What a way to start things off! The prices of next-gen consoles have dropped dramatically since the PS3 was introduced. Last year, we were talking about $500 and $600 models of the PS3, and $280 and $350 versions of the XBOX 360. Console SKUs have changed a lot in the past year as well, especially in the case of the PS3. We have been tracking their changes hereand here, so you should go there to see what the latest features are. This is especially important with regards to the PS3, where features seem to be dropped rather than added with every SKU change.
In terms of price, the PS3 can be had for $399 for the 80GB version, and $499 for the 160GB version. It makes almost no sense to pay the extra $100 for the larger hard drive, as the consoles are otherwise identical (except for the fact that the 160GB comes with Drake’s Fortune and Pain, which may or may not make up for the extra cost depending on the type of games you like to play). If you really need the space, a 320GB laptop drive is no more than $80 these days, and it’s very easy to install into the PS3.
As far as the XBOX 360 goes, Microsoft have aggressively dropped the price on their console to the point where the low-end version without a hard drive costs $50 less than a Wii. It even comes with a full game (Sega Superstars Tennis at this time - obviously intended to compete with potential Wii Sports buyers) as well as a collection of XBLA games on disc. If you want to spend no more than $200, and are choosing between a Wii and a 360, the answer is obvious: if you like playing video games, get a 360. If you want to have something sitting around that your friends and family will play once in a while after a few drinks, get a Wii.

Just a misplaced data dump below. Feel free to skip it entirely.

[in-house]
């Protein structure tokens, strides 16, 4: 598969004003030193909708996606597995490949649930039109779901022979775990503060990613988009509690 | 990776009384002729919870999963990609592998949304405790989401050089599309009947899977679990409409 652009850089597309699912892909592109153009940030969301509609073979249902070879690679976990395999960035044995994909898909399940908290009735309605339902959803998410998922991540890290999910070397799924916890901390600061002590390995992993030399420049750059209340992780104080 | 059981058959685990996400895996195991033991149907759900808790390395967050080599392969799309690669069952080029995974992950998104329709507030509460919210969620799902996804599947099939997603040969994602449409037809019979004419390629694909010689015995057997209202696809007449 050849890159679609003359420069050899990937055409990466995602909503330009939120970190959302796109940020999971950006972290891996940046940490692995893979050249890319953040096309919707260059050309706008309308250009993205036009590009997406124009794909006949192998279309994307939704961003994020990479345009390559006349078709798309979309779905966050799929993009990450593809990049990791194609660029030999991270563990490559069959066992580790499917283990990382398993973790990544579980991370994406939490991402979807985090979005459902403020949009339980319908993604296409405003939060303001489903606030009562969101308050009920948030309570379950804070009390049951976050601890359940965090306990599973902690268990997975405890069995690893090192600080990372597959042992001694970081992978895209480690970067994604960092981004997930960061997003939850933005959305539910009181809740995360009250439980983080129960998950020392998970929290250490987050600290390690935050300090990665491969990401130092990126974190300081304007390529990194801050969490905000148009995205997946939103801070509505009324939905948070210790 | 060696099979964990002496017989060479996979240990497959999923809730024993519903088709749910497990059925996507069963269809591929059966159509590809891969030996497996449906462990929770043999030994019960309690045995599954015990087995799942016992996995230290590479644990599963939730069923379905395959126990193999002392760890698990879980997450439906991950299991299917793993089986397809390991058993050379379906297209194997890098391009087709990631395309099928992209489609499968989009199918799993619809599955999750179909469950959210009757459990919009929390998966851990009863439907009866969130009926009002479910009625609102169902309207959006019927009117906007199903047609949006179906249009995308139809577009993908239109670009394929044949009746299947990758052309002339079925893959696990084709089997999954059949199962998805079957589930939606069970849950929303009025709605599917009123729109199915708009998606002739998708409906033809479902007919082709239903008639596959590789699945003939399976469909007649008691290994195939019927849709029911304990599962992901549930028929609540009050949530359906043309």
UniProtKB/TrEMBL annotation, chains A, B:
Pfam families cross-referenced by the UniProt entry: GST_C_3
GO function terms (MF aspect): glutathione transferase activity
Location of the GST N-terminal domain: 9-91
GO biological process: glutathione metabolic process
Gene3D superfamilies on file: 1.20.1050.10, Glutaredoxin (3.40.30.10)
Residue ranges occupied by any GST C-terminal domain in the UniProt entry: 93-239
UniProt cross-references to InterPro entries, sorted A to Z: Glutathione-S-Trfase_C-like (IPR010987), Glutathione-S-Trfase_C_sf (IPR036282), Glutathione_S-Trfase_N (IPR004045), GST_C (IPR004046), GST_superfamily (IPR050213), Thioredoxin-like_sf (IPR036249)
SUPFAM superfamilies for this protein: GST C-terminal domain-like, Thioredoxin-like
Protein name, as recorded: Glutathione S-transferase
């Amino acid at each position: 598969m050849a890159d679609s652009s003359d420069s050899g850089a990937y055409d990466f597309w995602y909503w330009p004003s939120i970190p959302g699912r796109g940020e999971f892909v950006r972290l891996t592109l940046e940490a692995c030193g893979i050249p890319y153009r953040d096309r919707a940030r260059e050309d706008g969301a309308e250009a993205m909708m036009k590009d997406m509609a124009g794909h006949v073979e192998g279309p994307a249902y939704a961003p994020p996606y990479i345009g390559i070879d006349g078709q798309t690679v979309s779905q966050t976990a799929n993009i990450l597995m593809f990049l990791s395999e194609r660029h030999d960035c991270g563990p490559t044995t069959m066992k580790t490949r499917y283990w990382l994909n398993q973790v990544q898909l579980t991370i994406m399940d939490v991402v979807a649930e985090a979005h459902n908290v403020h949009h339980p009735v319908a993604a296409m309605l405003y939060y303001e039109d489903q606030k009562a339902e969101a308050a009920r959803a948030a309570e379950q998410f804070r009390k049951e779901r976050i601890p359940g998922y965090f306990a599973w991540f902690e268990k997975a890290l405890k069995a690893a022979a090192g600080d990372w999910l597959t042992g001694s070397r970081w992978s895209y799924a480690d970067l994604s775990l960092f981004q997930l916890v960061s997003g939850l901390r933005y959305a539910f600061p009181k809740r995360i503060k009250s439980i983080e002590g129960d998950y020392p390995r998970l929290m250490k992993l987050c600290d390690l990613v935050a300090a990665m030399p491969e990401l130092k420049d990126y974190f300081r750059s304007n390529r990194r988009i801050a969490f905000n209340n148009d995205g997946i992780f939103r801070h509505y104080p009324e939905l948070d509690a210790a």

The ‘regular’ versions of the XBOX 360 (with a hard drive) are $299 for a 60GB version, and $399 for a 120GB Elite. Both versions come bundled with the same two games at this time; Lego Indiana Jones, and Kung-Fu Panda. So again, there is really not much reason to spend the extra $100, unless you really need the extra hard drive space. Unlike the PS3, you will need to spend that extra cash if you want the space, because the 360’s drive format is proprietary. So if you can justify the need for 120GB, get the Elite. Just be mindful that you aren’t getting much else besides a black paint job and an HDMI cable.